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The meaning and origin of the expression: A penny saved is a penny earned

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A penny saved is a penny earned

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What's the meaning of the phrase 'A penny saved is a penny earned'?

The notion expressed in the proverbial saying 'A penny saved is a penny earned' is that it is as useful to save money that you already have as it is to earn more.

What's the origin of the phrase 'A penny saved is a penny earned'?

The original form of this proverb used 'got' or 'gained' instead of 'earned'. That is recorded as early as the 17th century, in George Herbert's Outlandish Proverbs, circa 1633:

A penny spar'd is twice got.

British penny coinThe notion appears to have been that, by declining to spend a penny and to save one's money instead, you are a penny up rather than a penny down, hence 'twice got'. Similarly, football teams, who get three points for a win, class games against their nearest rivals in the league table a 'six-pointer'. That's not great arithmetic, but it does make a good proverb.

The current format of the phrase began, with the 'gained' usage, soon afterwards; for example, this piece from Thomas Fuller's, The history of the worthies of England, circa 1661:

By the same proportion that a penny saved is a penny gained, the preserver of books is a Mate for the Compiler of them.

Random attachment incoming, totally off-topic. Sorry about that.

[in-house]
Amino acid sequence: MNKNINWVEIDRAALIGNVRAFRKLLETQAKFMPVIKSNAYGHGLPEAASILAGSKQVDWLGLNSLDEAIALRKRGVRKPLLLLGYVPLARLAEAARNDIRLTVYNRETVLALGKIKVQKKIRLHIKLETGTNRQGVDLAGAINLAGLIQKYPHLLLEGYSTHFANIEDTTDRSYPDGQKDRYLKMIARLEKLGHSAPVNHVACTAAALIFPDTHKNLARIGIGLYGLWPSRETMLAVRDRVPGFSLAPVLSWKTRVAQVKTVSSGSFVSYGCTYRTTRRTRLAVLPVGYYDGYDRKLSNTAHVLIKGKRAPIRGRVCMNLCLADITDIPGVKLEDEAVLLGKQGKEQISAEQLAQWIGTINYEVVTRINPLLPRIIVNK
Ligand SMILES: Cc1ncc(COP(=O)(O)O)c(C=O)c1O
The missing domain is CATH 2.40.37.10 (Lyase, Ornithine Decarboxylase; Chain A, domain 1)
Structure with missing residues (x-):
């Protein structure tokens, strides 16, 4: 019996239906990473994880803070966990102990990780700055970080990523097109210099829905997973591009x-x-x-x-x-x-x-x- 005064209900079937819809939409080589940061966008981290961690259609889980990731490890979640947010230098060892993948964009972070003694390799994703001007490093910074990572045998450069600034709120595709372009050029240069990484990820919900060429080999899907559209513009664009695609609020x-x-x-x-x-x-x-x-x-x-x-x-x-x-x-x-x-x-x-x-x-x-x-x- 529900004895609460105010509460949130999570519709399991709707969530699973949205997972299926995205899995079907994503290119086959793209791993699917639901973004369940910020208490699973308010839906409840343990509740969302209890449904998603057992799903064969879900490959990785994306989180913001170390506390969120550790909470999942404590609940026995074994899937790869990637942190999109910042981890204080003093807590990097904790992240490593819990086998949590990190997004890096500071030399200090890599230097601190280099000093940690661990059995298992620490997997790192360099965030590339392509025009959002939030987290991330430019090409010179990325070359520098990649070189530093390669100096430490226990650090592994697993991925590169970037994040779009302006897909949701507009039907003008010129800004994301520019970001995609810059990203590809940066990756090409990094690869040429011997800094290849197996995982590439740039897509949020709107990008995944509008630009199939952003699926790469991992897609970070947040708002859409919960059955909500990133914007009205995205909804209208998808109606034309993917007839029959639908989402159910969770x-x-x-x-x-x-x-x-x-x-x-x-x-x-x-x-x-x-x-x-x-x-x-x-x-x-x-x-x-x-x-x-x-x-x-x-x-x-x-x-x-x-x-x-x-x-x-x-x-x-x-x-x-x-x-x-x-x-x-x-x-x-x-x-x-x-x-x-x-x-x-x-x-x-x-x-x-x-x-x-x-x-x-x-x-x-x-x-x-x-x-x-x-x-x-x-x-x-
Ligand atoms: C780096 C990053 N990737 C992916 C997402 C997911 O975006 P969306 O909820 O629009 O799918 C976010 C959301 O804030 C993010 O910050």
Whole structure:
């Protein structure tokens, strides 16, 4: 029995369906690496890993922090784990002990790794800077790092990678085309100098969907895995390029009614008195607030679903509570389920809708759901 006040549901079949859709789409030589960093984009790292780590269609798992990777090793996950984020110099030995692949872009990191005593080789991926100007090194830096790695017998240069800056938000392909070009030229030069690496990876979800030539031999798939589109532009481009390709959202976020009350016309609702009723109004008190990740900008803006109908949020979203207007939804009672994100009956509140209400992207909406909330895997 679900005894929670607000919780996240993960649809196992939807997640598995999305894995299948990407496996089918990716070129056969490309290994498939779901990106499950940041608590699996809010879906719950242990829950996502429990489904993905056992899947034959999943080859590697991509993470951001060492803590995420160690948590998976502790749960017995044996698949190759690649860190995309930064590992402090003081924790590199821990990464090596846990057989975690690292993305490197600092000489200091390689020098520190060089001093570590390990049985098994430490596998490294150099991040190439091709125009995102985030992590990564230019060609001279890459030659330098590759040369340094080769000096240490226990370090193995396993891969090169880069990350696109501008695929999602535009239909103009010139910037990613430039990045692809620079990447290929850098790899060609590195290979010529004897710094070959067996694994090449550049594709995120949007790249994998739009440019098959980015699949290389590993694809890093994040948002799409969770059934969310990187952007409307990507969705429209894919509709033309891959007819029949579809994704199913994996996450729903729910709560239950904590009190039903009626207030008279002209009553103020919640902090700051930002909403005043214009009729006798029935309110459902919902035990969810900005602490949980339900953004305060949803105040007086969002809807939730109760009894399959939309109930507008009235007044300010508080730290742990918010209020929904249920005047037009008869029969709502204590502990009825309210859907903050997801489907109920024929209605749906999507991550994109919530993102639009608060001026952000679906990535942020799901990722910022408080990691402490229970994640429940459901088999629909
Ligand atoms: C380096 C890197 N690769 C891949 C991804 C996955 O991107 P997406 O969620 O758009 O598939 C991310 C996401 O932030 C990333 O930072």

Not much later again and we find a 'got' usage, as in Edward Ravenscroft's Canterbury Guests, 1695:

This I did to prevent expences, for... A penny sav'd, is a penny got.

A penny saved is a penny earnedThe first usage of the current form of the phrase is sometimes attributed to Benjamin Franklin. That attribution may be because of Franklin's image on the 'heads' side of a cent token which was issued in the USA around 1863. The proverb 'A penny saved is a penny earned' is shown on the 'tails' side of the token and this is the earliest I know of the expression being used in that form - which is probably the most literal coining of a phrase that I've yet come across.

Whoever minted the token may have known of an existing association between the phrase and Franklin or, more probably, changed the wording from 'got' to 'earned'.

Whether or not Franklin was the first to use the 'earned' variant of the phrase we don't now know - there's no known record of his doing so. It seems more likely that Franklin used the expression, which had existed in England since the 17th century in its 'got/twice got/gained' variants, and people mistakenly assumed that he had invented it.

See also: the List of Proverbs.

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